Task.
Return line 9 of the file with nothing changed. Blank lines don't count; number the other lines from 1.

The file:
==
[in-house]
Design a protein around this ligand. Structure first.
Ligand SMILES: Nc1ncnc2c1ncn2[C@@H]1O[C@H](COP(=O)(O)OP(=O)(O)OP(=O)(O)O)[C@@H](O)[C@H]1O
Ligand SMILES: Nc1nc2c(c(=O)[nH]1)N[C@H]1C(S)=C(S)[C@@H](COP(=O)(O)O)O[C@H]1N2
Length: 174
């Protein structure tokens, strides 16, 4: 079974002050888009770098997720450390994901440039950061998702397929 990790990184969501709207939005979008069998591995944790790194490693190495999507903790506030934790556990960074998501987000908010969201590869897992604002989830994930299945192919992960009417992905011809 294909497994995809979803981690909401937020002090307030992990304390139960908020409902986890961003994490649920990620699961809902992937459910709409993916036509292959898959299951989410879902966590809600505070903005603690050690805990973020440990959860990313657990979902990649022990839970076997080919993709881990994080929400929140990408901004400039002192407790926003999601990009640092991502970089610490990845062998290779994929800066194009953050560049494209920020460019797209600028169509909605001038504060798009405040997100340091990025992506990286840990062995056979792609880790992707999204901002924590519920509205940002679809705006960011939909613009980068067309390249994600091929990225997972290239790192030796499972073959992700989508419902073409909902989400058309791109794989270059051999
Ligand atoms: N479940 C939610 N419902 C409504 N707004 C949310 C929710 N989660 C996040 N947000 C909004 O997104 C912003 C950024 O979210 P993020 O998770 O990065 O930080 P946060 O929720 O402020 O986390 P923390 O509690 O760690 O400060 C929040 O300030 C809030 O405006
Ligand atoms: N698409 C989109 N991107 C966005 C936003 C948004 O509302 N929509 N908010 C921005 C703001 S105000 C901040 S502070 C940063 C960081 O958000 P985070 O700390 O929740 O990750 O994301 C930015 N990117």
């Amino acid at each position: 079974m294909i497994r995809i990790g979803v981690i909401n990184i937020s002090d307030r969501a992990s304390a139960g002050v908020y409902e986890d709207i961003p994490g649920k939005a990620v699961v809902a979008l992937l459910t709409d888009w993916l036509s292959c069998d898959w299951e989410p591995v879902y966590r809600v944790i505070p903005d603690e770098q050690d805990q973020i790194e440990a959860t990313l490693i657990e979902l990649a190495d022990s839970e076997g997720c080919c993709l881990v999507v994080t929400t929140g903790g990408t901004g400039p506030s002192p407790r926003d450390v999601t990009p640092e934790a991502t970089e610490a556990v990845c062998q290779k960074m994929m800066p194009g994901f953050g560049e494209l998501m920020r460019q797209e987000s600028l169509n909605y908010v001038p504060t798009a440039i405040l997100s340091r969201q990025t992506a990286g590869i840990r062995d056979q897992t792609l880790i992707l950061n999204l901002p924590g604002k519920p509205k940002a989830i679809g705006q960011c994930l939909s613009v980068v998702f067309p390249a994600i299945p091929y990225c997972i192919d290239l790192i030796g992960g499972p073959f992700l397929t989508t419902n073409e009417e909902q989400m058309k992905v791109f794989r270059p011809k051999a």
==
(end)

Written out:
């Amino acid at each position: 079974m294909i497994r995809i990790g979803v981690i909401n990184i937020s002090d307030r969501a992990s304390a139960g002050v908020y409902e986890d709207i961003p994490g649920k939005a990620v699961v809902a979008l992937l459910t709409d888009w993916l036509s292959c069998d898959w299951e989410p591995v879902y966590r809600v944790i505070p903005d603690e770098q050690d805990q973020i790194e440990a959860t990313l490693i657990e979902l990649a190495d022990s839970e076997g997720c080919c993709l881990v999507v994080t929400t929140g903790g990408t901004g400039p506030s002192p407790r926003d450390v999601t990009p640092e934790a991502t970089e610490a556990v990845c062998q290779k960074m994929m800066p194009g994901f953050g560049e494209l998501m920020r460019q797209e987000s600028l169509n909605y908010v001038p504060t798009a440039i405040l997100s340091r969201q990025t992506a990286g590869i840990r062995d056979q897992t792609l880790i992707l950061n999204l901002p924590g604002k519920p509205k940002a989830i679809g705006q960011c994930l939909s613009v980068v998702f067309p390249a994600i299945p091929y990225c997972i192919d290239l790192i030796g992960g499972p073959f992700l397929t989508t419902n073409e009417e909902q989400m058309k992905v791109f794989r270059p011809k051999a």